The Wash Your Car Prefers
It’s clearly among the most boring chores in life but someone’s gotta do it. Thankfully not me, but the man of the house. That’s because by the time it’s all over I could’ve invested better time writing a book like ‘101 Ways She Prefers To Spend Her Weekends—Written For Men’ than all Saturday with a bucket of soapy bubbly suds, a giant sponge and a high pressure water (dirt) blaster we call a Karcher.
Yet in our family, I’m positive that he sees washing the car as some kind of sacred rite to pass on to all future offspring in his genealogy, beginning with himself then our four year-old son. Which explains why he makes our earnest boy sit and watch as he painfully and lovingly applies to our car ‘with just the right amount of pressure’ a gentle circular soaping motion, his specially formulated recipe for a secret sudsy blend he’s concocted over the years. It is all part of the precise, elemental skill that my son needs to be ceremoniously schooled in, so that, like daddy, he can pass these invaluable life lessons to the next generation.
So when I asked last weekend, “Why don’t we take the kids to the car wash? It’d be fun for them and it’d save you all this work, hon”, I was simply trying to avoid another Saturday gone. His pensive look followed by a resigned sigh tells me I forgot we had this conversation before and he was right. I always had the impression, like most other unsuspecting people, that using an automated car wash, though a little more expensive than completing the chore at home, was money well-spent. The question is, is it?
Wash Your Car At The Drive-Thru
Do you ever wonder what goes on in these automated drive thru car washes? I think the best way to examine how they work could be to discuss the economics of their modus operandi. First, the sheer quantity of vehicles pumped out in typical 10 minute blocks at these automated washers is remarkable. To ensure maximum profit, these machines are designed to churn out as many cleaned cars as possible in the least possible amount of time. Probably isn’t ideal if your objective is to show love to a car. More cars means more filth to clean. Their cumulative effect continues the vicious cycle of spreading grime from one to another as each enters and gets swallowed by those those giant rotating brushes and spinning noodle-like mops.
Those high-speed brushes act like the jaws of a mammoth shark mercilessly grinding the dirt and grit from every last car before yours, scraping swirly scratches against your car’s beautiful paint shine. Imagine the mud-caked four wheel-drive that drove through the conveyor before you had just driven across some rough and swampy terrain…well, look. I won’t make you lose your mind now too. You get it, it’s a cruel world even for cars.
To add insult to injury, tough Australian legislation ensures car wash services adhere strictly to water restrictions. This is why professional car wash services are permitted to operate during times of peak restrictions, which means the man has a point and a reason to get cynical about ‘how clean and good’ will the automated car washers be if they’re using recycled water? More specifically, car wash services often use recycled water reclaimed from automatic washing bays. In order to meet Australian regulations, all local professional car wash services must use recycling equipment. While recycling systems vary between operators, up to 70-80% of the water used to wash our cars at these automated washing services are probably reclaimed, cleaned and re-used. Gulp.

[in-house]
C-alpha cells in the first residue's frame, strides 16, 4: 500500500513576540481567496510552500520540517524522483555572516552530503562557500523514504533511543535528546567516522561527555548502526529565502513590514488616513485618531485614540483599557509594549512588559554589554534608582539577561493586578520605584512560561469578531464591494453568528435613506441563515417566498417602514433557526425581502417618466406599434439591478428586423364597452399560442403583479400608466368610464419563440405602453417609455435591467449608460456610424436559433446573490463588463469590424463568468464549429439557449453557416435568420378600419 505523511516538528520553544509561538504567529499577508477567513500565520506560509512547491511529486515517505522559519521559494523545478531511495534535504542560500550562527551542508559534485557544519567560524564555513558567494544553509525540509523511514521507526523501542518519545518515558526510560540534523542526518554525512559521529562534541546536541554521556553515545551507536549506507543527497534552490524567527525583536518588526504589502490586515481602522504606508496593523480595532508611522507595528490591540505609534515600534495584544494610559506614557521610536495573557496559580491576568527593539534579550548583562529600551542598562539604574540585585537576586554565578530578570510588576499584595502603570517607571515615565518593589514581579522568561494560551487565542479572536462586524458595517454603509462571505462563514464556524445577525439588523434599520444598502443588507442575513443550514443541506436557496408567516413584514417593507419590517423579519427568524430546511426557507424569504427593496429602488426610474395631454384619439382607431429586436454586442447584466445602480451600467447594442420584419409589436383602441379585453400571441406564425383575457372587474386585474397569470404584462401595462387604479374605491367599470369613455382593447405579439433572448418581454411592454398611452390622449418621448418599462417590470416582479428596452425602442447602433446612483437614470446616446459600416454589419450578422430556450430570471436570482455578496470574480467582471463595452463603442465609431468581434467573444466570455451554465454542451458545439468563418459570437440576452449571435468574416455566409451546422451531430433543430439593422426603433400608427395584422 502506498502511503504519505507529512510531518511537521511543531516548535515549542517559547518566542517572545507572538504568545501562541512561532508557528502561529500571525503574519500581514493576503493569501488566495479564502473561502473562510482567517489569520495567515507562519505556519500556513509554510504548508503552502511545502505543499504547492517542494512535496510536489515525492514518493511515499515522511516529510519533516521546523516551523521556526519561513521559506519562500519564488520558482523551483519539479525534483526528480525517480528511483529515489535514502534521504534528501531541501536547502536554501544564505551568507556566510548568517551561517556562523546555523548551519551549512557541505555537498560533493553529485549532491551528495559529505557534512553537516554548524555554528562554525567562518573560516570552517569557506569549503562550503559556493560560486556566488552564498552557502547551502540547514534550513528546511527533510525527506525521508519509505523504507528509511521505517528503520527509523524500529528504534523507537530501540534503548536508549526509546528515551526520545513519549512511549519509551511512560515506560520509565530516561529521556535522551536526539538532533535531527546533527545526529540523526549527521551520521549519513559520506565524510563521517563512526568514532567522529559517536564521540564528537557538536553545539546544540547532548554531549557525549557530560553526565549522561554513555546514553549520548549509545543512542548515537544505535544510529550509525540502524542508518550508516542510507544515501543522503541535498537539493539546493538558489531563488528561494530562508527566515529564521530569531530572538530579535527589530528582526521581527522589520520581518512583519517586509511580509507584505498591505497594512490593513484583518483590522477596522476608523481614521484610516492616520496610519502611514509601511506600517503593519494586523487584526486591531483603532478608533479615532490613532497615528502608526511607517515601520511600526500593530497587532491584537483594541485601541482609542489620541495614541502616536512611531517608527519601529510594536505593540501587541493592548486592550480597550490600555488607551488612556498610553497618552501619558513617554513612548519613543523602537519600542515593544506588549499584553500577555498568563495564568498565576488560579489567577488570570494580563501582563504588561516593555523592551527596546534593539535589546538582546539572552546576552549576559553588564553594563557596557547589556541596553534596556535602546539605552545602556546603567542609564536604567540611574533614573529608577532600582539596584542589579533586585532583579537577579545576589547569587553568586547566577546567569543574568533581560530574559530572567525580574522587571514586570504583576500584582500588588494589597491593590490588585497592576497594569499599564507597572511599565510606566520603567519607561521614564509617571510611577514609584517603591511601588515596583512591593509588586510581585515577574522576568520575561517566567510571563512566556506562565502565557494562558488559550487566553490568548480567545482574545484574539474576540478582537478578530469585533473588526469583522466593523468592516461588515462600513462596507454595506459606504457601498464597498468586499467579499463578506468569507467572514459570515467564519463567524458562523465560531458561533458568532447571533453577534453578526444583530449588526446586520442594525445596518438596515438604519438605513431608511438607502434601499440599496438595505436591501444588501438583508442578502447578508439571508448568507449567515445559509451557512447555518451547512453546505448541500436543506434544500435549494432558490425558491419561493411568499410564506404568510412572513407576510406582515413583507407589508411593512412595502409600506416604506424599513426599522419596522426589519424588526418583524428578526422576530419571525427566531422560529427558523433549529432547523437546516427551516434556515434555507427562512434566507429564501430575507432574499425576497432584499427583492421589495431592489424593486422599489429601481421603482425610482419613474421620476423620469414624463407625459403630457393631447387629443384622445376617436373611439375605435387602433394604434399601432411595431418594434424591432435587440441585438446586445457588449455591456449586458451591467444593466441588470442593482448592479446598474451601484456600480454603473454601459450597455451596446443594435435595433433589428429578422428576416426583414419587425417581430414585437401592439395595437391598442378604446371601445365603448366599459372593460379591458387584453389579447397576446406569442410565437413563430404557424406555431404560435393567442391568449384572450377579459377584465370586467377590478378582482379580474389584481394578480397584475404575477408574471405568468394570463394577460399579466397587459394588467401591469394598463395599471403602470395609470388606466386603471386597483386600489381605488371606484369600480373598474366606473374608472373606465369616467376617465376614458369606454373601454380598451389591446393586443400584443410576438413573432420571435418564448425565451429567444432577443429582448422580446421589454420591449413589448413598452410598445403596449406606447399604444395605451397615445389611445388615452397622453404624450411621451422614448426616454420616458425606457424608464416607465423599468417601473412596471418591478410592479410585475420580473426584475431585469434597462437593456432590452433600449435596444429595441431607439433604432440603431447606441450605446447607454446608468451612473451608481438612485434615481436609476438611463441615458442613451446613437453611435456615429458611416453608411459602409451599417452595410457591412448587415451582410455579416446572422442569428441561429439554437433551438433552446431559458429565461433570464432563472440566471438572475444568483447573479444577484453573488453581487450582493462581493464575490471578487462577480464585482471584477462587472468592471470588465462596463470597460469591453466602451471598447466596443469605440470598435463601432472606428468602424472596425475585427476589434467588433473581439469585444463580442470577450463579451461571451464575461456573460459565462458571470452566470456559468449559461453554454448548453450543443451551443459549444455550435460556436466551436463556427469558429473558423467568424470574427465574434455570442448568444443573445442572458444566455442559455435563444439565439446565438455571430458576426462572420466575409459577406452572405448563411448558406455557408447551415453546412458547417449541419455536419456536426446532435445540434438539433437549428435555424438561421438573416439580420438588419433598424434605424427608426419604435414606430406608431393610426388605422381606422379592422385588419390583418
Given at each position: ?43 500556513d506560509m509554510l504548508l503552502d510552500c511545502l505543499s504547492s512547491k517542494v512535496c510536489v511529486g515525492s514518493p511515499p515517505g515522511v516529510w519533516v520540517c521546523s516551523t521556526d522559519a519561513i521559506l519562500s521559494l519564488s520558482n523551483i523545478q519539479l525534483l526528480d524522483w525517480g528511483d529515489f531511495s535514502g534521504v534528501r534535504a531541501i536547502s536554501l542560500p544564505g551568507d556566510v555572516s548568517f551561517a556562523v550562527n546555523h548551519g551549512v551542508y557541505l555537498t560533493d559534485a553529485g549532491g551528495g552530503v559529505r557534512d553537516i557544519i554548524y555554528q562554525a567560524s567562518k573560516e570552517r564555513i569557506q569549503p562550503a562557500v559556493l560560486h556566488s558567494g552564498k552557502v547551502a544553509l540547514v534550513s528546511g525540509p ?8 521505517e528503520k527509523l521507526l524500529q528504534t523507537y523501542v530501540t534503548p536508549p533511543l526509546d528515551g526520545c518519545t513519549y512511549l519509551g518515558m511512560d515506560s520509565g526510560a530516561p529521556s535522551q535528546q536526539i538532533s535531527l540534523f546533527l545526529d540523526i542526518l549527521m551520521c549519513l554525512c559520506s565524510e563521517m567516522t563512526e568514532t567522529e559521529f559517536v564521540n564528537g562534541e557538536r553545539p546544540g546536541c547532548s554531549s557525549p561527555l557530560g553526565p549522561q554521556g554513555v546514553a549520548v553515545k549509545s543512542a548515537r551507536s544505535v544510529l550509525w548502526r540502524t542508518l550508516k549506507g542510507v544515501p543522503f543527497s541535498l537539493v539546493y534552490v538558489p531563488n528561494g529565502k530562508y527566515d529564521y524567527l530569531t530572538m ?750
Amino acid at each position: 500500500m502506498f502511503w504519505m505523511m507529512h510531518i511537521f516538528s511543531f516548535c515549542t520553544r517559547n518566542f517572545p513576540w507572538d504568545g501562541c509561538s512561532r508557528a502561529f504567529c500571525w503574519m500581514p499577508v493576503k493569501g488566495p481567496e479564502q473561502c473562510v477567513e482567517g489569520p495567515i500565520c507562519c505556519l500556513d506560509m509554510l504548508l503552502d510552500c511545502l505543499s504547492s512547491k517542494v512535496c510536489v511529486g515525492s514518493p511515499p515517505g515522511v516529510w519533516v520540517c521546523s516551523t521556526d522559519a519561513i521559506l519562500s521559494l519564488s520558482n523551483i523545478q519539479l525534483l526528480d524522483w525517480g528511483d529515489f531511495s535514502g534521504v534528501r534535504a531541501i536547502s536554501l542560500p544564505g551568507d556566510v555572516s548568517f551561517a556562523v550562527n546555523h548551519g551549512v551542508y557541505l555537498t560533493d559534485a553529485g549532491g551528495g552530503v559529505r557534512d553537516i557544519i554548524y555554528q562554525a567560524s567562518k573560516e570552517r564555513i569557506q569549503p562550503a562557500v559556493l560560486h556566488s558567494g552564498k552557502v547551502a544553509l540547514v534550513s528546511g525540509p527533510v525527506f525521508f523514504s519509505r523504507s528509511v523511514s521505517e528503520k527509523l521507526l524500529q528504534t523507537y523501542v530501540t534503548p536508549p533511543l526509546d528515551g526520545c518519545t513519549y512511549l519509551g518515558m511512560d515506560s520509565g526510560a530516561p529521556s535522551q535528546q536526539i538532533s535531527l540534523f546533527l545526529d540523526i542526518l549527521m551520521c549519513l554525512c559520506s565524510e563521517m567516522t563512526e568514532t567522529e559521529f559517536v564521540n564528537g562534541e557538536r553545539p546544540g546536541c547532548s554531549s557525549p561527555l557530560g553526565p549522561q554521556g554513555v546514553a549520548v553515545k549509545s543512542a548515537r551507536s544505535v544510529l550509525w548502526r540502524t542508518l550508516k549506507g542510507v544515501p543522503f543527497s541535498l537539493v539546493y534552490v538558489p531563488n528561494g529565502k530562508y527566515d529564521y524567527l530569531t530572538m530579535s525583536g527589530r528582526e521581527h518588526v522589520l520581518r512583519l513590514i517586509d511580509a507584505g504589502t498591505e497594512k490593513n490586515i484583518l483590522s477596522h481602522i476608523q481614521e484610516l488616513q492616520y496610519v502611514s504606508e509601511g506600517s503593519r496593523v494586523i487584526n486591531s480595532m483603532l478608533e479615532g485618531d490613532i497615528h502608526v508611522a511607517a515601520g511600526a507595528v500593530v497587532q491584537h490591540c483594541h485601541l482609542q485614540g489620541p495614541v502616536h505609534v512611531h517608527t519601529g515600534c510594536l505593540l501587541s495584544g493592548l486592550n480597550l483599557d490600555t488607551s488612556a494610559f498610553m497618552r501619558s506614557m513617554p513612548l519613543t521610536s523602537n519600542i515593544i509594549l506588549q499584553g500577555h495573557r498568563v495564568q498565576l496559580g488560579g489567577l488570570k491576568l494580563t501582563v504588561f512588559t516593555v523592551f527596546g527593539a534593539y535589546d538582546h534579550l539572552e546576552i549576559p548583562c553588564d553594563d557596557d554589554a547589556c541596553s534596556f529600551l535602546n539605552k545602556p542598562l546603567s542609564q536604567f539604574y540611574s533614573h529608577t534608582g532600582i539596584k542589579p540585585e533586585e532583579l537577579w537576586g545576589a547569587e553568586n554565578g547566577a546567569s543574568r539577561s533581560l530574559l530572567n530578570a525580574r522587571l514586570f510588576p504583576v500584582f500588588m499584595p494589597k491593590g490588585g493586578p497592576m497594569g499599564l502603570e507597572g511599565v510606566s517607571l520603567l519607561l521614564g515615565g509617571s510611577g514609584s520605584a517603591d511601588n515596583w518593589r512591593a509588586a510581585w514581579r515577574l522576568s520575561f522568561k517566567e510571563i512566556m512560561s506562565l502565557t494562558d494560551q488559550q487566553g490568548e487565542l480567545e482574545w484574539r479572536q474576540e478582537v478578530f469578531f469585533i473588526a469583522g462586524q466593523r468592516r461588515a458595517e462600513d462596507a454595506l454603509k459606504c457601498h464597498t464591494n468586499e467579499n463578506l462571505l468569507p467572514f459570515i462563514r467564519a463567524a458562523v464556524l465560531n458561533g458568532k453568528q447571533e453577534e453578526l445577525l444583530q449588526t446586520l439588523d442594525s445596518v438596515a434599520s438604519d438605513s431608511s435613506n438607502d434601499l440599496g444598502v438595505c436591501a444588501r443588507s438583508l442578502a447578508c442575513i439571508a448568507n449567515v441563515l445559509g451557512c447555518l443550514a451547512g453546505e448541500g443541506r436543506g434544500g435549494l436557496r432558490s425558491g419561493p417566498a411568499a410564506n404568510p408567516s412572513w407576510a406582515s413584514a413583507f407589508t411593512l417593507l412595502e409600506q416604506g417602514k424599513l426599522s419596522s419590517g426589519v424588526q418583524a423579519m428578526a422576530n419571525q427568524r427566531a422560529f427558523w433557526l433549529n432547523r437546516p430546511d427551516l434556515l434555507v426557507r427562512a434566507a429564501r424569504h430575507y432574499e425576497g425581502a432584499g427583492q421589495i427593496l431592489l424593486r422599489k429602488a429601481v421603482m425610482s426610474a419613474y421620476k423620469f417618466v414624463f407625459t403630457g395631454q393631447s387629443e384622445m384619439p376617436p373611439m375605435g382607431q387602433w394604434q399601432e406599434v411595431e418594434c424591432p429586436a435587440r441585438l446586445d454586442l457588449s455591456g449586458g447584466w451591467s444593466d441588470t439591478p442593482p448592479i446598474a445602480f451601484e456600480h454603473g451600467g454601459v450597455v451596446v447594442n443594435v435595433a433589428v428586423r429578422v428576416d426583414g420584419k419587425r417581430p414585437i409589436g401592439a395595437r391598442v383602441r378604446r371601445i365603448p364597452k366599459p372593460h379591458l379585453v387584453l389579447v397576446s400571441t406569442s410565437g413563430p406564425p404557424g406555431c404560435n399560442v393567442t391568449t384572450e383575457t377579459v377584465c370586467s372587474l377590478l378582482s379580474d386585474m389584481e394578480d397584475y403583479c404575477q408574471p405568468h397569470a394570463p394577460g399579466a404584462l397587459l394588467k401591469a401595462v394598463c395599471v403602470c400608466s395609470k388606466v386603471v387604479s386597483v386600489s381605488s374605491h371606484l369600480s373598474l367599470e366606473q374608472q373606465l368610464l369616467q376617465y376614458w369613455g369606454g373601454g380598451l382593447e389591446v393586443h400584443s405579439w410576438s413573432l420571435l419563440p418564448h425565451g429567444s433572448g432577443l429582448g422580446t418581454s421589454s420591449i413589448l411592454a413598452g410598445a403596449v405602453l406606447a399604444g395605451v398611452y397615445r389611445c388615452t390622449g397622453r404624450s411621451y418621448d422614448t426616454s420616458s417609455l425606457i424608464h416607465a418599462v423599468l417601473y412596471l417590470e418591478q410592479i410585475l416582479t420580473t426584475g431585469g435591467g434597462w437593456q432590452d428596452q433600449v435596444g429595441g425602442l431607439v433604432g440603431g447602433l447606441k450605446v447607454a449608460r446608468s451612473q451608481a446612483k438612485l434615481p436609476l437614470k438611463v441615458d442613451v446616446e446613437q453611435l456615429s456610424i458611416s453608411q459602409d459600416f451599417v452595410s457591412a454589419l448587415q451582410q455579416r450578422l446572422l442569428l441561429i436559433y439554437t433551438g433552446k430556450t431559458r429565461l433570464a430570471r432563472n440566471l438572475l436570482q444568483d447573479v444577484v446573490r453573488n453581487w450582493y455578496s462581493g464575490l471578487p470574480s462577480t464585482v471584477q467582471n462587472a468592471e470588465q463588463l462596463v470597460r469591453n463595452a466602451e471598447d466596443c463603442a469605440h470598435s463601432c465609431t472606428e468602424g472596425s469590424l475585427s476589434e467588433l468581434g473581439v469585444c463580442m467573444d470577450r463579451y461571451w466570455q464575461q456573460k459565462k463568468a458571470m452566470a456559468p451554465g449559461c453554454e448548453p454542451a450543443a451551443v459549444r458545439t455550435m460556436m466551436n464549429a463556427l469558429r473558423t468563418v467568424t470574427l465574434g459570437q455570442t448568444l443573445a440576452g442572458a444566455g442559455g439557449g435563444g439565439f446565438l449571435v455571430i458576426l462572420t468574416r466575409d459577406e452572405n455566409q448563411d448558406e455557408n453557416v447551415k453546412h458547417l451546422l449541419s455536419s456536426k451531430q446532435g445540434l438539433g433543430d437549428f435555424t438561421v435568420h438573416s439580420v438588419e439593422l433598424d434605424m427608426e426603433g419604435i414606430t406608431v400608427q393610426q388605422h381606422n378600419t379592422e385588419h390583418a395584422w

Touch-less Car Wash
What about ‘touch-less’ car washers? These use high water pressure to clean our cars instead of harsh brushes and hence promise to minimise the chance of surface damage to our vehicles. Alas. The drawback of these ‘touch-less’ systems is that they use harsh, hazardous chemicals to substitute the job of cleaning done by those giant brushes in the traditional automated car wash. These are known to strip a car’s wax right off and hardly do a great job of cleaning at all, and worse, some say these touch-less ones leave a hazy film behind. Might not be best on a regular basis?
Some may argue that there are systems that employ synthetic brushes that are by nature resistant to trapping dirt and particles. While that may be true, the assembly of human labour lining up to dry your cleaned car by hand will strip off any advantages that these synthetic brushes were meant to have. Hello, you didn’t think that a $25 car wash came with clean squeegees, chamois, clean laundered drying towels, that not only smell good but get changed with every car processed, did you? My bet is on mouldy cloths. If we had to, I’ll go with the high-powered blow-dryers.
Self-service car wash bays? Apparently the engine cleaner and regular wash water are piped through the same wand. A hint from an expert is to start the wash on high-pressure rinse and spray against the wall for at least 20 seconds before aiming at your car. It will clear out the hose of any harsh chemicals left in the lines.
In time, I came to appreciate the exactitude of my husband’s car wash ritual. I hate to admit it, but he’s on to something. Something that someday might be worth passing on to our son, and his son, and blah blah blah, a sacred rite, an elemental skill that’s only going to serve well our family’s legacy of well-loved, well-maintained vehicles. What’s it called? The Do-It-Yourself Hand Wash. The wash that all cars just prefer, he wisely said.
Like 360 Finance, we’re the car loan broker that well-informed car purchasers do really prefer. When you’re on to a good thing — It’s just something worth passing on.